The Oxford Handbook Of Criminology

Author: Alison Liebling
Editor: Oxford University Press
ISBN: 0198719442
Size: 14,40 MB
Format: PDF, ePub, Mobi
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With contributions from over 60 leading experts in the field, The Oxford Handbook of Criminology is the definitive guide to the discipline providing an authoritative and outstanding collection of chapters on the key topics studied on criminology courses. The Handbook has shaped the study of criminology for over two decades and, with this new edition, continues to be indispensable to students, academics, and professionals alike. Each chapter details relevant theory, recent research, policy developments, and current debates. Extensive references aid further research. Extensively revised, the sixth edition has been expanded to include all the major topics and significant new issues such as zemiology; green criminology; domestic violence; prostitution and sex work; penal populism; and the significance of globalization for criminology. The Oxford Handbook of Criminology is accompanied by a suite of online resources providing additional teaching and learning materials for both students and lecturers. This includes selected chapters from previous editions, essay questions for each chapter, web links to aid further research, and guidance on how to answer essay questions.

Sex Work Immigration And Social Difference

Author: Julie Ham
Editor: Routledge
ISBN: 1317407237
Size: 10,27 MB
Format: PDF
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Public discourses around migrant sex workers are often more confident about what migrant sex workers signify morally but are less clear about who the ‘migrant’ is. Based on interviews with immigrant, migrant and racialized sex workers in Vancouver, Canada and Melbourne, Australia, Sex Work, Immigration and Social Difference challenges the ‘migrant sex worker’ category by investigating the experiences of women who are often assumed to be ‘migrant sex workers’ in Australia and Canada. Many ‘migrant sex workers’ in Melbourne and Vancouver are in fact, naturalized citizens or permanent residents, whose involvement in the sex industry intersects with diverse ideas and experiences of citizenship in Australia and Canada. This book examines how immigrant, migrant and racialized sex workers in Vancouver and Melbourne wield or negotiate ideas of illegality and legality to obtain desired outcomes in their day-to-day work. Sex work continues to be the subject of fierce debate in the public sphere, at the policy level, and within research discourses. This study interrogates these perceptions of the ‘migrant sex worker’ by presenting the lived realities of women who embody or experience dimensions of this category. This book is interdisciplinary and will appeal to those engaged in criminology, sociology, law, and women’s studies.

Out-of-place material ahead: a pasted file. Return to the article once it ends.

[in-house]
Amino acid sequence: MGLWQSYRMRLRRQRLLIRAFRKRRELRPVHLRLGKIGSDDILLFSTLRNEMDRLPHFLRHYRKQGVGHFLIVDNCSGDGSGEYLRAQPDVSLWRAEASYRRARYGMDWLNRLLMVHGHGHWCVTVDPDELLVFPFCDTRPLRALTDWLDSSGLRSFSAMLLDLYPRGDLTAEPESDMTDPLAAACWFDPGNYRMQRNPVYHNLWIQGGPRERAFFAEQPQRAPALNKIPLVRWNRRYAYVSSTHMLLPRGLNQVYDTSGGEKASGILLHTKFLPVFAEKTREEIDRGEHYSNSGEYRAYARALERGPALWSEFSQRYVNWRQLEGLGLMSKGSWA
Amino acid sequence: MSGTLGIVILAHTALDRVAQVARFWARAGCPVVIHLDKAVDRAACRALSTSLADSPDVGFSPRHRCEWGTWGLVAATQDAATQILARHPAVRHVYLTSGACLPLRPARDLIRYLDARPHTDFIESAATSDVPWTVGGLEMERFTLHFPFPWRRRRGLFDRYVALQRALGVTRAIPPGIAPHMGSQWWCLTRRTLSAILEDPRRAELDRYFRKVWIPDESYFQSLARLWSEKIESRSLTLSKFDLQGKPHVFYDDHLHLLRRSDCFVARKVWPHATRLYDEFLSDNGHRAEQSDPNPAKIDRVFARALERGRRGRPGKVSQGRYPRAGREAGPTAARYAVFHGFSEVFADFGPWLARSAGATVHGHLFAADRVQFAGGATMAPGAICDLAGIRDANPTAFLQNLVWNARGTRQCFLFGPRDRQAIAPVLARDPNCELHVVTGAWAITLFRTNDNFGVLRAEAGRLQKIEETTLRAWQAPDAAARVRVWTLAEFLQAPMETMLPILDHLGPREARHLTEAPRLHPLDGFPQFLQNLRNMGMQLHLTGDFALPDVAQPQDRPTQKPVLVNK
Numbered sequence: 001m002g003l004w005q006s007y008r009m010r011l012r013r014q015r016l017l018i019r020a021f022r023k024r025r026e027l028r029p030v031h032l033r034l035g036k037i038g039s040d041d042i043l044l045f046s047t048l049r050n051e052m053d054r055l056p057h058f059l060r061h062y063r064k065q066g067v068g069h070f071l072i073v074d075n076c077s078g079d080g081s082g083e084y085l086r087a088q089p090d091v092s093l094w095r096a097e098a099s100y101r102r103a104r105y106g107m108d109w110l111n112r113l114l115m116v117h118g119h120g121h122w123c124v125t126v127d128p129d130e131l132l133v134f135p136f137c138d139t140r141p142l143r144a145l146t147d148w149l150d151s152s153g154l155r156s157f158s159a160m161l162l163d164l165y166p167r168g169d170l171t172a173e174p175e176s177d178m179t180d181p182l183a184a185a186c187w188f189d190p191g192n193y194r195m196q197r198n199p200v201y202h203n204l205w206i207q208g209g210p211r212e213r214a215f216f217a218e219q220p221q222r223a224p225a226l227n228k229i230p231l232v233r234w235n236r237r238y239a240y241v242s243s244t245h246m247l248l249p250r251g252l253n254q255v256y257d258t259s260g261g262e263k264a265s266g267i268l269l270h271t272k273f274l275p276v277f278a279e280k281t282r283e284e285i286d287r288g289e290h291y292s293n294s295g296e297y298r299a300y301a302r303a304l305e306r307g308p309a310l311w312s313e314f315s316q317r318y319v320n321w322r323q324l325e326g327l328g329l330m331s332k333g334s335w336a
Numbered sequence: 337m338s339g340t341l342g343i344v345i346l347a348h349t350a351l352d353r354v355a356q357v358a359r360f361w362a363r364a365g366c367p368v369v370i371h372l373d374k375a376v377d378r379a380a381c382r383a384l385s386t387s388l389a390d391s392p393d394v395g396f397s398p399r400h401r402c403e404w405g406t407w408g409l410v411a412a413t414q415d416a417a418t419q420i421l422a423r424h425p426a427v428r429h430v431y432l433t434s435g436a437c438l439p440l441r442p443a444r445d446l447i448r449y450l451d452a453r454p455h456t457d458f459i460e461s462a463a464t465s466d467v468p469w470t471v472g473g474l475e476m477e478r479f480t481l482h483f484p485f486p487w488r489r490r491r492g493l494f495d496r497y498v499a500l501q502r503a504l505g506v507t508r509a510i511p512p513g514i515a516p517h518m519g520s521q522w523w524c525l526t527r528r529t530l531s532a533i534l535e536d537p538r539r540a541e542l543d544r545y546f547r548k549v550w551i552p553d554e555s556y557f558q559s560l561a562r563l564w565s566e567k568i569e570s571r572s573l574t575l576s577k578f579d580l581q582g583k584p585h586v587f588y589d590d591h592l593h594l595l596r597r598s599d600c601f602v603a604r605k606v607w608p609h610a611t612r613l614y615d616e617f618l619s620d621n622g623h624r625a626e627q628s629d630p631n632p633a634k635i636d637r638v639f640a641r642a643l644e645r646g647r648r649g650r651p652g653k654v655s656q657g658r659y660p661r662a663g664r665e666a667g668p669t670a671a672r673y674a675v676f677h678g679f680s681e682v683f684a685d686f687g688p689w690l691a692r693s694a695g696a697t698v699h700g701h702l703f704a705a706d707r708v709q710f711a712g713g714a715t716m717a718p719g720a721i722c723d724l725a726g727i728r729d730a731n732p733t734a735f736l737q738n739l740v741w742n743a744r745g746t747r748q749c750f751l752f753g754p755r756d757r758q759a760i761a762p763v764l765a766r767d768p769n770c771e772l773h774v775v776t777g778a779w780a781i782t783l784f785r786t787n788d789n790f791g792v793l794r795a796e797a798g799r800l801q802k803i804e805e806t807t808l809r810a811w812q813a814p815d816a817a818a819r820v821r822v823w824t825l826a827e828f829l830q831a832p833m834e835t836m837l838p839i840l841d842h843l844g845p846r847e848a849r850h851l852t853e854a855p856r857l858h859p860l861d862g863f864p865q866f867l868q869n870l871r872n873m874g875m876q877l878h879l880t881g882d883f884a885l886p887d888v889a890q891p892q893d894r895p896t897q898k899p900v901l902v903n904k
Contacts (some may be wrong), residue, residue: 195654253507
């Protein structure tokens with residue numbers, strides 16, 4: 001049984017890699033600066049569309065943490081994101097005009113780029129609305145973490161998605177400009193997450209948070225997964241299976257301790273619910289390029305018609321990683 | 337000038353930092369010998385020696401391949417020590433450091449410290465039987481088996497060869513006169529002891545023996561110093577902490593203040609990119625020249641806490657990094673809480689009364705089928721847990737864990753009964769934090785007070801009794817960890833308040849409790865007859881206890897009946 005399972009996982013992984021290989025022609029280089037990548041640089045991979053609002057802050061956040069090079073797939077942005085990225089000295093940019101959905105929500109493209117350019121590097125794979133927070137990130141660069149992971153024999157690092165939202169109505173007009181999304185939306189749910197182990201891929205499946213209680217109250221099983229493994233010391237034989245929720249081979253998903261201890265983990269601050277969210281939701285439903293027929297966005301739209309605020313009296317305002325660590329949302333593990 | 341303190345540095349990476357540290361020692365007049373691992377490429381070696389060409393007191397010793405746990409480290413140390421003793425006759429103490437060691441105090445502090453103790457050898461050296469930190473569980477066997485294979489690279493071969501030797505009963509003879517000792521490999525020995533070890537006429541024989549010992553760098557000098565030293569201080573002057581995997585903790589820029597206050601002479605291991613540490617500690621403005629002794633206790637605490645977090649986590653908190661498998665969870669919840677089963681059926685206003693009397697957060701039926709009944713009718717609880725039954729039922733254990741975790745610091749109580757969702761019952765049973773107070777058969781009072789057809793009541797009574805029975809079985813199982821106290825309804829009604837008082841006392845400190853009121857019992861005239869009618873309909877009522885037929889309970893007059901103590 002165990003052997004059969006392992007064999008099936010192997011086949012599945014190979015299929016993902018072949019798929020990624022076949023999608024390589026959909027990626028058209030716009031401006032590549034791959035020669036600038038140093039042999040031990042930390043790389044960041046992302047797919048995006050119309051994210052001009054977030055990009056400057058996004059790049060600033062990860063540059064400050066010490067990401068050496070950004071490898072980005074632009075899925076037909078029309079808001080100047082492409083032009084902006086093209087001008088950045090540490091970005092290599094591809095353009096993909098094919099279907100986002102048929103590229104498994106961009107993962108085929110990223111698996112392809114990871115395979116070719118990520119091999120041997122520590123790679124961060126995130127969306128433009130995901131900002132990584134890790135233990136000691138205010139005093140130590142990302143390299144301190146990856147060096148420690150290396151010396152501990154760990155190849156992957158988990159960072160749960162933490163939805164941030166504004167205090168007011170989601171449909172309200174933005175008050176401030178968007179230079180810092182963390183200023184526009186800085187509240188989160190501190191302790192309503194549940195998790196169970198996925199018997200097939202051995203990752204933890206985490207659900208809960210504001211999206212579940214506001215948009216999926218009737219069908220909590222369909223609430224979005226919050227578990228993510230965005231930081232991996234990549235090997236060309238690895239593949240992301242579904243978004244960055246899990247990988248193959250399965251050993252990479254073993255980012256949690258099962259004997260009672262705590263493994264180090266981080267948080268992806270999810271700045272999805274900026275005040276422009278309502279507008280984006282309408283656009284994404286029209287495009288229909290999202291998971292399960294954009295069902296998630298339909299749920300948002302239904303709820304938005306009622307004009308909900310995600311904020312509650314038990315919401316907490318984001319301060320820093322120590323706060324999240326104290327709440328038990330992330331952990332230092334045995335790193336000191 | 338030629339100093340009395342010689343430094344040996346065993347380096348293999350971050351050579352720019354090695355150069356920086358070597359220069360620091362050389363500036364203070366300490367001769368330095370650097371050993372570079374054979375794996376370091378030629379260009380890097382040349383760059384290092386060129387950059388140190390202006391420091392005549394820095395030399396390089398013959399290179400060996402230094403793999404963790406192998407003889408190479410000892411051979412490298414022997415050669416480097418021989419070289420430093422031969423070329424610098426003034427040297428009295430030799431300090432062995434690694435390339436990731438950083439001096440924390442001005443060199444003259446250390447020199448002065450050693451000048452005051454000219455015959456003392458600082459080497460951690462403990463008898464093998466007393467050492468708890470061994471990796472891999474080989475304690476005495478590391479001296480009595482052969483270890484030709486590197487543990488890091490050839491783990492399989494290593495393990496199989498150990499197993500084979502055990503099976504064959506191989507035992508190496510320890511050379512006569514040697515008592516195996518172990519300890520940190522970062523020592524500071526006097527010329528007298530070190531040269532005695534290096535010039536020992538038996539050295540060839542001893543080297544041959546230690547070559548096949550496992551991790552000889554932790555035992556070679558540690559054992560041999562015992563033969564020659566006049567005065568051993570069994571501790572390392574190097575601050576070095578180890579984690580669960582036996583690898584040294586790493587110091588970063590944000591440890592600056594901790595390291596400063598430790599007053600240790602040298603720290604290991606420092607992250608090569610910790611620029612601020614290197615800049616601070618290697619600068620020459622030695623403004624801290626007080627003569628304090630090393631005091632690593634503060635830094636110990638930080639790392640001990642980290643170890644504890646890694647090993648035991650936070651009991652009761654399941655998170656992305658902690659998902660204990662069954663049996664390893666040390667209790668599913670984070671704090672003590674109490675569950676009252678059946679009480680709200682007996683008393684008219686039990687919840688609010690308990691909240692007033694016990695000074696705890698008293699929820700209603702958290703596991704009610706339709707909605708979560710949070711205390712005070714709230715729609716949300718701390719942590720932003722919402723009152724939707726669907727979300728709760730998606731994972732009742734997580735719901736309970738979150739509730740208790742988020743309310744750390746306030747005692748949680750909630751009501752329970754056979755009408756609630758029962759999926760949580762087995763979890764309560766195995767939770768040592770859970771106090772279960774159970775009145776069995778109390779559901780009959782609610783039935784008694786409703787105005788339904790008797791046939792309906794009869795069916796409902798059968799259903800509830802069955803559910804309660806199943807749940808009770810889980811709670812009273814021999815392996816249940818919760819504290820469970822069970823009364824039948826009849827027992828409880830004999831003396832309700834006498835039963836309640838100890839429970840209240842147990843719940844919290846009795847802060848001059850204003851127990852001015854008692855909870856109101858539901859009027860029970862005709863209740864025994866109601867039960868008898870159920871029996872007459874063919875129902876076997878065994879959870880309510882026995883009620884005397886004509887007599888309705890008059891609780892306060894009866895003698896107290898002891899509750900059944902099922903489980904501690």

Human Smuggling And Border Crossings

Author: Gabriella Sanchez
Editor: Routledge
ISBN: 1134483163
Size: 13,72 MB
Format: PDF, ePub
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Graphic narratives of tragedies involving the journeys of irregular migrants trying to reach destinations in the global north are common in the media and are blamed almost invariably on human smuggling facilitators, described as rapacious members of highly structured underground transnational criminal organizations, who take advantage of migrants and prey upon their vulnerability. This book contributes to the current scholarship on migration by providing a window into the lives and experiences of those behind the facilitation of irregular border crossing journeys. Based on fieldwork conducted among coyotes in Arizona - the main point of entry for irregular migrants in the United States by the turn of the 21st Century - this project goes beyond traditional narratives of victimization and financial exploitation and asks: who are the men and women behind the journeys of irregular migrants worldwide? How and why do they enter the human smuggling market? How are they organized? How do they understand their roles in transnational migration? How do they explain the violence and victimization so many migrants face while in transit? This book is suitable for students and academics involved in the study of migration, border enforcement and migrant and refugee criminalization.